Simotas Battles Increased Air Traffic

Calls on DOT, FAA, and Port Authority to address toll taken on residents’ quality of life by sudden upsurge in air noise and pollution
November 7, 2012
ASTORIA, N.Y. – Maintaining the goal of insuring the quality of life in Astoria, Assemblymember Aravella Simotas wrote to the U.S. Department of Transportation (DOT), Federal Aviation Administration (FAA), and Port Authority of New York and New Jersey (Port Authority) requesting that they examine and address the sudden increase in air traffic that has subjected residents of Northwest Queens, New York to an upsurge in air noise and pollution. Simotas represents the 36th New York State Assembly District of Queens, which encompasses Astoria, East Elmhurst, and a portion of Long Island City.

“Several constituents have reached out to me to voice concerns about the aircraft noise and air pollution problem in residential neighborhoods, citing that the frequency and volume of overhead flights have increased in recent months,” Simotas said. “Aside from being unable to open their windows due to the air noise and pollution, the air traffic has impeded some residents’ sleeping patterns while also giving cause for concern about fume smells from overhead aircrafts.”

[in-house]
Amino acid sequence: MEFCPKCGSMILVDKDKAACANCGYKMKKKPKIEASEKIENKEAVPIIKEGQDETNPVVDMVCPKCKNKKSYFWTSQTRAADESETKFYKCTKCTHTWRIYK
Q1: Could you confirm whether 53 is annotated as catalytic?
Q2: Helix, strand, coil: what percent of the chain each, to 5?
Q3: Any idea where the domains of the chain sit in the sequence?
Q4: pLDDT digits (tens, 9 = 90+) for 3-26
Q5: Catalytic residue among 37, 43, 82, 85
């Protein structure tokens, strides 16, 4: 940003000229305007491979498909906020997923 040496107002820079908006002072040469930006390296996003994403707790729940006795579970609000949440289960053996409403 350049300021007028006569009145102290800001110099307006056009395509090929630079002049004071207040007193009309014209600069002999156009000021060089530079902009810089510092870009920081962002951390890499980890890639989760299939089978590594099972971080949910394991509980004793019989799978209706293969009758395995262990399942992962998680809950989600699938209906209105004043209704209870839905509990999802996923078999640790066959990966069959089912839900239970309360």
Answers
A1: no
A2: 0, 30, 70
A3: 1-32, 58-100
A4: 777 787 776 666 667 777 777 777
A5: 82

The source of the problem stems from the FAA’s flight departure testing – evaluating the impact of the recently implemented New York/New Jersey/Philadelphia Airspace Redesign in tandem with the new NextGen satellite technology – at the nearby Runway 13 based in LaGuardia Airport. Simotas explained that “the increased air traffic directly accounted for detrimental causes of noise on educational development, air emissions on health, as well as adverse effects on ground safety and property values.”

Simotas commended the FAA and the Port Authority for developing a unified, streamlined complaint system; however, she expressed concern that the agencies must do more to address the aforesaid complaints in a timely manner, especially in light of overpowering evidence that noise detrimentally affects mental and physical health and well-being – in particular on children’s cognitive, language, and learning abilities. “Our residents’ quality of life is contingent upon adequate attention being placed on noise-sensitive land uses beneath the prescribed flight channels, such as education and healthcare facilities,” Simotas stated.